Monitoring of Registered Agencies
The Register Committee considered 19 substantive change reports in 2019. Nine of those were considered collectively, as a clustered analysis, since they all related to the new legal framework in Germany.
The change in the accreditation system in Germany meant that the agencies carrying out activities in the country no longer would take the accreditation decisions themselves, but were expected to now prepare the assessment report on the basis of which the German Accreditation Council (GAC) would take the decision. The reports showed that the changes in the way agencies carried out these assessments remained largely similar to their earlier practice. A few agencies had, however, adapted the structure of their decision-making or appeals committees. The Register Committee took note of the information provided in each case.
The remaining change reports largely addressed aspects concerning the introduction of new external QA activities (for nine QA agencies) and changes to the organisational structure of the agency (for six QA agencies). The change reports illustrate that many agencies have been adapting and expanding their type of external quality assurance activities, responding to changes of legal frameworks in countries where they operate but also introducing innovative types of reviews as a way of reducing the fatigue with a certain type of activity.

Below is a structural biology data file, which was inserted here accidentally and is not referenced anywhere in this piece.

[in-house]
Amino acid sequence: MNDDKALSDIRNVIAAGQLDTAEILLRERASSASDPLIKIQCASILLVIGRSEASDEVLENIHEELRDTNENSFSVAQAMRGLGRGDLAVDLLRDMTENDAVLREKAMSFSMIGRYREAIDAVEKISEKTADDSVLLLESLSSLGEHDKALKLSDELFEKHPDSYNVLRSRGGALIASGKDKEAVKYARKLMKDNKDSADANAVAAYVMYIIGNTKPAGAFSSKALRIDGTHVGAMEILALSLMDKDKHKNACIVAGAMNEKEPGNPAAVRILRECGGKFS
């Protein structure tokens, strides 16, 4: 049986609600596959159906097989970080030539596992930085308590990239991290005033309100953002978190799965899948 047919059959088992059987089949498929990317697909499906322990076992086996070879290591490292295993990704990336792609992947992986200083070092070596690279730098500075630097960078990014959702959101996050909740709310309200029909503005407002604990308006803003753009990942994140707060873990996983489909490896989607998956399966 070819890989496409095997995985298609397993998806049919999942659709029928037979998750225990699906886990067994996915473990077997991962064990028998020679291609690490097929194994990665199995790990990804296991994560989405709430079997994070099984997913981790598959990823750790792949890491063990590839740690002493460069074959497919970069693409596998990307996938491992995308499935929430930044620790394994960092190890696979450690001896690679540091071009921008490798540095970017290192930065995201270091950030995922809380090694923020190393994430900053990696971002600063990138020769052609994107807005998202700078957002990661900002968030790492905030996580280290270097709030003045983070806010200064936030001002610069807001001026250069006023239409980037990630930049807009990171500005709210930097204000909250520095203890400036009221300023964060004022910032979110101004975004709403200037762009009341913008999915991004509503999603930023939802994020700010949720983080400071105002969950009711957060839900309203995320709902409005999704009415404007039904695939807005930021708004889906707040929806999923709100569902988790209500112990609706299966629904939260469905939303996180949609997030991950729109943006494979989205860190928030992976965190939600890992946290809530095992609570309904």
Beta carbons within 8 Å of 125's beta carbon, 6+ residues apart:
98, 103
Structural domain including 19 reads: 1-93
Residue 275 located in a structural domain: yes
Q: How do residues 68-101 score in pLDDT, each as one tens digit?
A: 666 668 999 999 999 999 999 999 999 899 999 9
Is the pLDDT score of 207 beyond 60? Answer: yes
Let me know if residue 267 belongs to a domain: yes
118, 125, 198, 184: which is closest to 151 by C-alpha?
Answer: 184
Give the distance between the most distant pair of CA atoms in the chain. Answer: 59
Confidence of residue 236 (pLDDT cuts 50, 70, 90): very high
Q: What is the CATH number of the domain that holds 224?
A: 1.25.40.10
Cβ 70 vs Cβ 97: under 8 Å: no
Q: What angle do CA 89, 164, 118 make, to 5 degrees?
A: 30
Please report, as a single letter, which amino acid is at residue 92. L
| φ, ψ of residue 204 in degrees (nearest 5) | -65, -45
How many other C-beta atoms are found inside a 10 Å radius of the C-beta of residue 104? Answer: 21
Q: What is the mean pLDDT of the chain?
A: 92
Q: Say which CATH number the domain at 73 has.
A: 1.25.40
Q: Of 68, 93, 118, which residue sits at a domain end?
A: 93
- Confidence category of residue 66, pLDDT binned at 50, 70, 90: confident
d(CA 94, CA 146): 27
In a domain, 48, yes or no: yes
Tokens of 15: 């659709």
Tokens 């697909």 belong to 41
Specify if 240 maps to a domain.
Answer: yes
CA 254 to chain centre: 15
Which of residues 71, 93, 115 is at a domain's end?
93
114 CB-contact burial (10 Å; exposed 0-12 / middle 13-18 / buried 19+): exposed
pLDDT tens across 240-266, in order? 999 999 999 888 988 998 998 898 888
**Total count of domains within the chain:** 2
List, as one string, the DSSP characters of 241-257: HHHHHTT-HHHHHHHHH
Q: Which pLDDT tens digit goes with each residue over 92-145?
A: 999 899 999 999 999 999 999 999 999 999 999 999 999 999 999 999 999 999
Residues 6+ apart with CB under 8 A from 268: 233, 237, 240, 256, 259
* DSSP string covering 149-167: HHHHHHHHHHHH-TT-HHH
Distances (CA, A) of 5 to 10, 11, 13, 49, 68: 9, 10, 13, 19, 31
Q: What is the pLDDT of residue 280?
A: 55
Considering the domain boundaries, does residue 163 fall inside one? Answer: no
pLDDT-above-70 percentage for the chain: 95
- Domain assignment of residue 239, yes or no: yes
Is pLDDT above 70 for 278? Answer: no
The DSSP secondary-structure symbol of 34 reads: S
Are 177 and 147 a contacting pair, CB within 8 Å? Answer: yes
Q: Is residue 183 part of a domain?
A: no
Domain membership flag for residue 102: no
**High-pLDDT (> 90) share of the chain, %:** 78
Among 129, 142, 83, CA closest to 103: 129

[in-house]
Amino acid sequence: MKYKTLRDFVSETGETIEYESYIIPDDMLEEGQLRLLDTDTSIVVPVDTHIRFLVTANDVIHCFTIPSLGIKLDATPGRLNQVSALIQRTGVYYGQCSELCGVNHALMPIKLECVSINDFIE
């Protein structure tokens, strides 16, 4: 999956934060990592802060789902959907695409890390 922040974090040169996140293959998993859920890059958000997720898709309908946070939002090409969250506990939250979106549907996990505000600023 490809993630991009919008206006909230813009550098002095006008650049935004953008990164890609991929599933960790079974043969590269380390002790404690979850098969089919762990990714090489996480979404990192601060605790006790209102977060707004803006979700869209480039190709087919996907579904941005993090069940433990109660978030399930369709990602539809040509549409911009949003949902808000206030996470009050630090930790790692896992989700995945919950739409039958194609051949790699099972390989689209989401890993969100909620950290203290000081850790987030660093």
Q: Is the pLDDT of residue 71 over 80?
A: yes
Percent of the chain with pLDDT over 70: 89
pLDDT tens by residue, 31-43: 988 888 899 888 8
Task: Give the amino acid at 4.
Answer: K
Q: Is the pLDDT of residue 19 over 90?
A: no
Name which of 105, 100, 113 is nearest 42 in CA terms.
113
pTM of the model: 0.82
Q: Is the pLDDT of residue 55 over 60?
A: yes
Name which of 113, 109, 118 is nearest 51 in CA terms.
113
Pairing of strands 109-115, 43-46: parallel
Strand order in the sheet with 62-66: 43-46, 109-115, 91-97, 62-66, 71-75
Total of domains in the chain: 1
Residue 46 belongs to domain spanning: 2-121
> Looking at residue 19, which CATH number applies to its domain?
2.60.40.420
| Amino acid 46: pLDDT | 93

In 2019 EQAR did not receive any third-party complaints on the work of registered agencies.
Communication with review coordinators
EQAR maintained an active dialogue with ENQA, as the organisation that coordinates the vast majority of external reviews used for applications for inclusion on the Register.
In addition to regular meetings and dialogue between the staff in charge, EQAR and ENQA held their annual official meeting in September 2019. The meeting allowed to discuss current issues in relation to agency reviews and other matters of shared concern.
ENQA had further launched an external review of its agency reviews in 2018, with a site visit by an external panel in 2019. EQAR was interviewed during the site visit and shared its reflections on the use by the Register Committee of ENQA-coordinated reviews.
In those cases where agencies choose to work with another review coordinator, EQAR aims to have a briefing conversation with the review coordinator before the process, in order to ensure that the review corresponds to EQAR requirements and expectations, and to avoid common pitfalls.